RogerBW's Blog

Speaker For the Dead, Orson Scott Card 10 February 2018

1986 Hugo- and Nebula-award-winning science fiction. Having gone from universally loved to universally reviled, Ender Wiggin continues to suffer for your sins.

Gah. Like Ender's Game, everything here is set up to make Ender look perfect. He arrives on a colony world beset by problems, and in a few days he's casually solved everything from the occasionally-murderous aliens to the young boy who's behaving badly. And a superintelligent AI nobody else knows about is his personal friend. And he gets the girl that he fell in love with when she was a child (and he was an adult, because relativity – pinched from The Forever War, probably – and it's just as creepy here as when Steven Moffat does it in later years; actually, probably more so, given the Mormons' history of "marrying" very young girls to adult men). There's no mention of her feelings on the matter: Ender is perfect, so of course she must have fallen in love with him too.

By Novinha's calculations, she was still young enough to have another six children, if they hurried.

It's heavy-handed and preachy, and the characters do exactly what is needed in order to convey the author's message whether or not it's in any way related to their established personalities (such as they are). All female leaders are either incompetent or evil. The Catholics are all wrong, though some of them can be brought to understand that Ender Is Always Right. A big secret discovered in chapter 1 isn't revealed to the reader until chapter 16 (of 18), apparently to try to maintain some slight sense of tension, though there are so many clues given that the alert reader will have worked it out much earlier and be waiting for the characters to catch up.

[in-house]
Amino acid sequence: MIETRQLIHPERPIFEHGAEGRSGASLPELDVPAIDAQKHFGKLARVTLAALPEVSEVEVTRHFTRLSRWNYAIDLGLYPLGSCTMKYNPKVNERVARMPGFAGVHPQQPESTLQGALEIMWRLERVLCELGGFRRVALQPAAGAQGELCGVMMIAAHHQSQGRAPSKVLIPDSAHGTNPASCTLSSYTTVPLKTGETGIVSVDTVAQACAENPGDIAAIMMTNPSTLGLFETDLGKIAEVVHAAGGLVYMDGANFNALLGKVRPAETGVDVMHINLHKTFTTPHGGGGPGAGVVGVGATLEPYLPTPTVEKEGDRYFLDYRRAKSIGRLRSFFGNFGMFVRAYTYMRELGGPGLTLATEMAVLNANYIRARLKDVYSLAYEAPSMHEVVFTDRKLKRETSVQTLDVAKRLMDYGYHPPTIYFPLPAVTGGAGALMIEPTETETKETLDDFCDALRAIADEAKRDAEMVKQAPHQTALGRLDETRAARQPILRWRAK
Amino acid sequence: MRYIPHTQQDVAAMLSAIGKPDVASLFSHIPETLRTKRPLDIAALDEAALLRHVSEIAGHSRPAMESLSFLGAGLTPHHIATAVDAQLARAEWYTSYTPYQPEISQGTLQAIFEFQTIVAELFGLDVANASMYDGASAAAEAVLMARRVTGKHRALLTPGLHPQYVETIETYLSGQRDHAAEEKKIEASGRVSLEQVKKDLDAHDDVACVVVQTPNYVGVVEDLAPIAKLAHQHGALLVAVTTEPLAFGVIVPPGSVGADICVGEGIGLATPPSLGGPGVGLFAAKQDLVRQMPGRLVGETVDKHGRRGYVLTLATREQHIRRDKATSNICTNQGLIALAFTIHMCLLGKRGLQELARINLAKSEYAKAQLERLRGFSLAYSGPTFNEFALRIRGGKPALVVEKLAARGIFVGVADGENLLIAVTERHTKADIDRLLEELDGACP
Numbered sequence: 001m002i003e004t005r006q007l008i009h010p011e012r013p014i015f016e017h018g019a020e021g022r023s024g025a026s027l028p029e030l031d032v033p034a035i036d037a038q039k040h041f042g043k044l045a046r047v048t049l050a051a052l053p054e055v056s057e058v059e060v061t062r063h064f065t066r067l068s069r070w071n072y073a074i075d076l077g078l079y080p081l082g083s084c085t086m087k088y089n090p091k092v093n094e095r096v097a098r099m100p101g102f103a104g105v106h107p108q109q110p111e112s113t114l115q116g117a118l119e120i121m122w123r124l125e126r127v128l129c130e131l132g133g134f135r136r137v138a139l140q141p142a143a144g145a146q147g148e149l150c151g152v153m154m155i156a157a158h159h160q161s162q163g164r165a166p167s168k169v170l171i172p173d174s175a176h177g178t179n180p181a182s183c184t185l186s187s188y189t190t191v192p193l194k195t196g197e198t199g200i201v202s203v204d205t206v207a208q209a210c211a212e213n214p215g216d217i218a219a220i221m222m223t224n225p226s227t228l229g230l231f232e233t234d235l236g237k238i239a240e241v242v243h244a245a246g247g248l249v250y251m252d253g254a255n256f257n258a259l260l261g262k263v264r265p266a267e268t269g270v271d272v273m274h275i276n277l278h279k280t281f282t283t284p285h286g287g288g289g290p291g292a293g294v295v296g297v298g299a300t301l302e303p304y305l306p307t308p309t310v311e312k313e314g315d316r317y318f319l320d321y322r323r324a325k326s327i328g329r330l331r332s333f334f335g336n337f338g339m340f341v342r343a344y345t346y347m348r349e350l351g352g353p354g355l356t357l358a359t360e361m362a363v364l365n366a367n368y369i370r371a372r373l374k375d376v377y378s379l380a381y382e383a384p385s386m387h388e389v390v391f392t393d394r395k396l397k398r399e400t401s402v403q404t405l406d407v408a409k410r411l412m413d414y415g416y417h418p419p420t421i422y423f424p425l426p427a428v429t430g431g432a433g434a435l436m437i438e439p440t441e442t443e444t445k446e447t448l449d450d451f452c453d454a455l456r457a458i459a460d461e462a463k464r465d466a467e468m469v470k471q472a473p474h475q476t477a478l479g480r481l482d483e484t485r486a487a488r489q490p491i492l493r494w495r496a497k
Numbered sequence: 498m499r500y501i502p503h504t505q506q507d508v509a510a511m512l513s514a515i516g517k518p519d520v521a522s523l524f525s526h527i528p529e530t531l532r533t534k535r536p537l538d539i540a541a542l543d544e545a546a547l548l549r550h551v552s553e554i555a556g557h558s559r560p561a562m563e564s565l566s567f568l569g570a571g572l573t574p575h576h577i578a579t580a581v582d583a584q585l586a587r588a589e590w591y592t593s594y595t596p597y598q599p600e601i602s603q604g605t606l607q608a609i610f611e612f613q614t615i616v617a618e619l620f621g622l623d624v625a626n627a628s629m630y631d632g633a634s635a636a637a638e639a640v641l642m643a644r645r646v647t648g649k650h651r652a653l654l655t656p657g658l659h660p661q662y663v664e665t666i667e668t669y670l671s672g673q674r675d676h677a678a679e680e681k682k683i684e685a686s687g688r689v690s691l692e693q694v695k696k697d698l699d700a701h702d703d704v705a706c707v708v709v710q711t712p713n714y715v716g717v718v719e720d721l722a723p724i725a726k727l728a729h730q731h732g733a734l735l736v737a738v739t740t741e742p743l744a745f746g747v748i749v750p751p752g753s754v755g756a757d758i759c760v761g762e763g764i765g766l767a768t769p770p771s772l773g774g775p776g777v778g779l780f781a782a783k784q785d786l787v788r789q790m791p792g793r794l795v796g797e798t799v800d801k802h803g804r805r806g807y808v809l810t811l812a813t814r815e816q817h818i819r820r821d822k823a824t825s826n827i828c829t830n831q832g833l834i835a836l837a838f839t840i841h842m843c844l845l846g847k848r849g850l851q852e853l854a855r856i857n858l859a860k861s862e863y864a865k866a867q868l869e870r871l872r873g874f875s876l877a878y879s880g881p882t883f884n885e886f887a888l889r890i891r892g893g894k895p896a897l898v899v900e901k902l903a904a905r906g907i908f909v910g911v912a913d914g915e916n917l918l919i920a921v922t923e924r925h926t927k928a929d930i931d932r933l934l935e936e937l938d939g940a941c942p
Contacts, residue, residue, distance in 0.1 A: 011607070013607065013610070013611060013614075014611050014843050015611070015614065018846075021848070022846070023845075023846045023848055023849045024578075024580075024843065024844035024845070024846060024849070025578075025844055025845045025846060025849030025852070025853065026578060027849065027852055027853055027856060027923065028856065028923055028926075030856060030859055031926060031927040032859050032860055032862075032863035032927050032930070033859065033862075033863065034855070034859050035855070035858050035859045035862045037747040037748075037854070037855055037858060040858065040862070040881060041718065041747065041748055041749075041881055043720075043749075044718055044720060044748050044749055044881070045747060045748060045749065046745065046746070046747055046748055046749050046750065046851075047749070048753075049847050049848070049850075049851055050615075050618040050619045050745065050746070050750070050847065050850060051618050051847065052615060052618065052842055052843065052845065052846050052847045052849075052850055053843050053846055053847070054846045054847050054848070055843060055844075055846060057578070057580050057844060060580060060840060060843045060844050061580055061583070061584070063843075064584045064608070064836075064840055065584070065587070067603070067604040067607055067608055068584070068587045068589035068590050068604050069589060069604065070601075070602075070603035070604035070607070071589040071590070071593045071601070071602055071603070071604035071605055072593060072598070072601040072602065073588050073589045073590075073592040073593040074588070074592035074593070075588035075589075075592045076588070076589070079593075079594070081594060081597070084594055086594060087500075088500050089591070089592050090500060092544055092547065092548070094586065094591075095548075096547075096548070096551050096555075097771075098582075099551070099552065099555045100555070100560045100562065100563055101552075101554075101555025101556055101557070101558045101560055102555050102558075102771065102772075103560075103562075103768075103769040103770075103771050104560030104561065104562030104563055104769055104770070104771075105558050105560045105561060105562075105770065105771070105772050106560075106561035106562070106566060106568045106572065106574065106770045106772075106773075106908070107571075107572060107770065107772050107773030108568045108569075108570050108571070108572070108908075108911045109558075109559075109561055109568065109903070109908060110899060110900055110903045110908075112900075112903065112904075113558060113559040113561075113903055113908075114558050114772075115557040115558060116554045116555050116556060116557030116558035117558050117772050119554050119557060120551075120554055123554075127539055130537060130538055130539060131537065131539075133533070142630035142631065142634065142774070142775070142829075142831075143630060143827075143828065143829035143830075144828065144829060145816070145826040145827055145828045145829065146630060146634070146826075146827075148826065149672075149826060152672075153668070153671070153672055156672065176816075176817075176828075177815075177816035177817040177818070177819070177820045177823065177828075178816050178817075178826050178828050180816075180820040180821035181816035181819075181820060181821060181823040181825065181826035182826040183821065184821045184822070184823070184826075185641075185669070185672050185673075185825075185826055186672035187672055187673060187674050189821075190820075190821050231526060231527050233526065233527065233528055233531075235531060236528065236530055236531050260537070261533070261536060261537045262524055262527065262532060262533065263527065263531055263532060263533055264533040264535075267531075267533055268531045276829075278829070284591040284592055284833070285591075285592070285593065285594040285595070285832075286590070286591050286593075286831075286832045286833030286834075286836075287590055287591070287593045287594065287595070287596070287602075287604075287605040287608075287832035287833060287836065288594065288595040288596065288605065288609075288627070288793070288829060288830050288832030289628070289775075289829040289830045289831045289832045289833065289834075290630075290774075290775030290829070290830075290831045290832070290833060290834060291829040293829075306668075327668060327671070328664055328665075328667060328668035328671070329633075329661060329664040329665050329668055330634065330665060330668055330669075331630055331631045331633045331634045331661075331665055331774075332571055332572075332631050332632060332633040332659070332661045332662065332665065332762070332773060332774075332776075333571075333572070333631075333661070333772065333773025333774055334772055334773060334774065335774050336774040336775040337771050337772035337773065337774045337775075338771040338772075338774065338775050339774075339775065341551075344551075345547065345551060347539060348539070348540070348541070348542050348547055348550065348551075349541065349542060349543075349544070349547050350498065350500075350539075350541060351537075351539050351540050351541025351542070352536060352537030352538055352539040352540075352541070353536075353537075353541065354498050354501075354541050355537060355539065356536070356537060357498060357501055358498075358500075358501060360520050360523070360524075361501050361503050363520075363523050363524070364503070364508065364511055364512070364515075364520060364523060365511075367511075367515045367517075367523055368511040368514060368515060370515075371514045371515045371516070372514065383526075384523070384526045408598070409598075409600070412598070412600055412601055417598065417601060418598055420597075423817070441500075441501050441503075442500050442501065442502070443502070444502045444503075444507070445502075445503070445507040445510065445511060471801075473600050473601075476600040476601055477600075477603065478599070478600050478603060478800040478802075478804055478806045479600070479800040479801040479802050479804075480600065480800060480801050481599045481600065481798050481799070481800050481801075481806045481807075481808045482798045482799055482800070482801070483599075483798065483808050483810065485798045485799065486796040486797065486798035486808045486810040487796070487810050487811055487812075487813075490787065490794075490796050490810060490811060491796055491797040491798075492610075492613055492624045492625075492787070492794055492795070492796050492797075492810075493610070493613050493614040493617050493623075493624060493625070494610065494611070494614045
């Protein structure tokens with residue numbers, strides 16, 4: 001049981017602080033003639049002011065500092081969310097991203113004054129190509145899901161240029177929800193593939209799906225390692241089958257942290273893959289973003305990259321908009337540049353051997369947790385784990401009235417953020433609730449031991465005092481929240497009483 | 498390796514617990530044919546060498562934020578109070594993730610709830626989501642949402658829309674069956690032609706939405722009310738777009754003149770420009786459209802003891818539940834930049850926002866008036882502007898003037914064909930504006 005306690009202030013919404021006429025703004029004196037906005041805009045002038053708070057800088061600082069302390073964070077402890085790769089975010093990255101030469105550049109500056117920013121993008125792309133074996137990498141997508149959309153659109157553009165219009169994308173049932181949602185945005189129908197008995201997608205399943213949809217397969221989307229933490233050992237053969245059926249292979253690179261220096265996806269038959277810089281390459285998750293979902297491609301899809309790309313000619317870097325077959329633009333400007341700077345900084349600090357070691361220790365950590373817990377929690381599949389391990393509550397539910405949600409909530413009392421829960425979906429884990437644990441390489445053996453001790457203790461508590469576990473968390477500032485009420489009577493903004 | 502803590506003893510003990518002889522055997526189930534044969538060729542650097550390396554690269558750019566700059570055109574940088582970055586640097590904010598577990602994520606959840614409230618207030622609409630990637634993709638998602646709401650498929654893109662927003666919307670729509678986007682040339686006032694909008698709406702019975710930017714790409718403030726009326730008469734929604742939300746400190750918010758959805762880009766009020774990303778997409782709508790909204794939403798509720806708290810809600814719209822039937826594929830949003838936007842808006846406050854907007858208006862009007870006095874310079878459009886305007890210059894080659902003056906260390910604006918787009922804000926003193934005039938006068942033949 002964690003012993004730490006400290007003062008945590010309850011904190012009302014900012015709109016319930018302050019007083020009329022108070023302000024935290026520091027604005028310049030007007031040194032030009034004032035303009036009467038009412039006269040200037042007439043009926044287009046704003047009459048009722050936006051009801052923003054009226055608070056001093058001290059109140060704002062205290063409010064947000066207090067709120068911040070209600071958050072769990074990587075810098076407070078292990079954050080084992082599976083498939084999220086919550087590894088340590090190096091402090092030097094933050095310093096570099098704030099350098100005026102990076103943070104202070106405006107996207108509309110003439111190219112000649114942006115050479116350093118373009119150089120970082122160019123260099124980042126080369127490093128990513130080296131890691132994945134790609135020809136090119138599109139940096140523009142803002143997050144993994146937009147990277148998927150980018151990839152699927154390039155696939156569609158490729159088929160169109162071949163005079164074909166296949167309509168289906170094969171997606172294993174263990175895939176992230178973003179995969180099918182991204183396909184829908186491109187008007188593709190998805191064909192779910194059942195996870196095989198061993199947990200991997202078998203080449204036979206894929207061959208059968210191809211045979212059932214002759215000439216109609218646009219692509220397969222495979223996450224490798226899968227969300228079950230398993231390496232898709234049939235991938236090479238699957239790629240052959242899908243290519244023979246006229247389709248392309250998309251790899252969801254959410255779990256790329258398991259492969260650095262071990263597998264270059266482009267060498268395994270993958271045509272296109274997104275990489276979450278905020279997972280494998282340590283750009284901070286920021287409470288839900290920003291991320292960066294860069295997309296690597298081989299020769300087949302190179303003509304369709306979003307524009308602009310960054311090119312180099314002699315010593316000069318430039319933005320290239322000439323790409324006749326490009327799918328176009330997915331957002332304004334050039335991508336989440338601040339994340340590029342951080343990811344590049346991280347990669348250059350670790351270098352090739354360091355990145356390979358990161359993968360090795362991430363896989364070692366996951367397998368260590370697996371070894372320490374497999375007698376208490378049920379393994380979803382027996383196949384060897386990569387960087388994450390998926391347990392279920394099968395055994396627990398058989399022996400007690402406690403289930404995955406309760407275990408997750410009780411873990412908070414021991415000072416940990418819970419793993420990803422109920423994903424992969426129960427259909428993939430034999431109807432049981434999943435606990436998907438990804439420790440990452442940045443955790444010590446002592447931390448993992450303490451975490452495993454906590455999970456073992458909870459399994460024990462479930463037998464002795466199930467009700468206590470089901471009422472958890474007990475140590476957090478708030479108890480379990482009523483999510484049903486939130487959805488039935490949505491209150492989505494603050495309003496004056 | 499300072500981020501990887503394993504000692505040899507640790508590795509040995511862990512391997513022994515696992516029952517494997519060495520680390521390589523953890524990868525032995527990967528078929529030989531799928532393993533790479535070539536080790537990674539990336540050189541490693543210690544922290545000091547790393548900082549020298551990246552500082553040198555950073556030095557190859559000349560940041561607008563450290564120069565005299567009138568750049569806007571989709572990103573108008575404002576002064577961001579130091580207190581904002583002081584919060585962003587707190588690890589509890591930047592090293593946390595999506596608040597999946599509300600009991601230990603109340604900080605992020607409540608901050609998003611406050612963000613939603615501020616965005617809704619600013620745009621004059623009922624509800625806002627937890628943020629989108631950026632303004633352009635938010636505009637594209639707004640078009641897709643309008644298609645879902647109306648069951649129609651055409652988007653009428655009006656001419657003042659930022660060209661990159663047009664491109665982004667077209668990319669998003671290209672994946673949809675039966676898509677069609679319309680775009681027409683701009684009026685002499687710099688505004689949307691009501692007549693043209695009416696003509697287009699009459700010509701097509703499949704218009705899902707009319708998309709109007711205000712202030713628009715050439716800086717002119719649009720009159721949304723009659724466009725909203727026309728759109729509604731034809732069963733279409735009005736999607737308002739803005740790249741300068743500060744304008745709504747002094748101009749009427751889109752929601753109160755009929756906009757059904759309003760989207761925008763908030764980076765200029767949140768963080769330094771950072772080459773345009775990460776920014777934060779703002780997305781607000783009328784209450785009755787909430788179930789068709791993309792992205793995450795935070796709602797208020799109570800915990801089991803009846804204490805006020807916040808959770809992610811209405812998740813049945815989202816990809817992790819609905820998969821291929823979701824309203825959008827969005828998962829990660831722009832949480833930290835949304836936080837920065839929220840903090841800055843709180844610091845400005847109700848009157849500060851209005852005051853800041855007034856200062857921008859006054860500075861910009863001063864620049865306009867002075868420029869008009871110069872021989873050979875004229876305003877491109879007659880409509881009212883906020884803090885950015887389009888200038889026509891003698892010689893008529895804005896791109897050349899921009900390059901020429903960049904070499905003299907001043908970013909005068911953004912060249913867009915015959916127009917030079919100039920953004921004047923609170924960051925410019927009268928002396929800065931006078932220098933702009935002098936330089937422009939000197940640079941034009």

Dona Cristo was a brilliant and engaging, perhaps even beautiful, young woman

Gah. The one vaguely interesting idea is in the title, someone who will discover all the secrets of a dead person and reveal them to the community. Naturally when Ender does it it works perfectly with no drawbacks.

Oh, and here's a really terrible idea to balance the one interesting one, describing someone's cybernetic eyes:

Only one eye was used for sight, but it took four separate visual scans and then separated the signals to feed true binocular vision to the brain. The other eye contained the power supply, the computer control, and the external interface.

Er, no, sorry, the optics she does not work like that. And it's not even important to the story!

Followed by Xenocide. Reread for Neil Bowers' Hugo-Nebula Joint Winners Reread.

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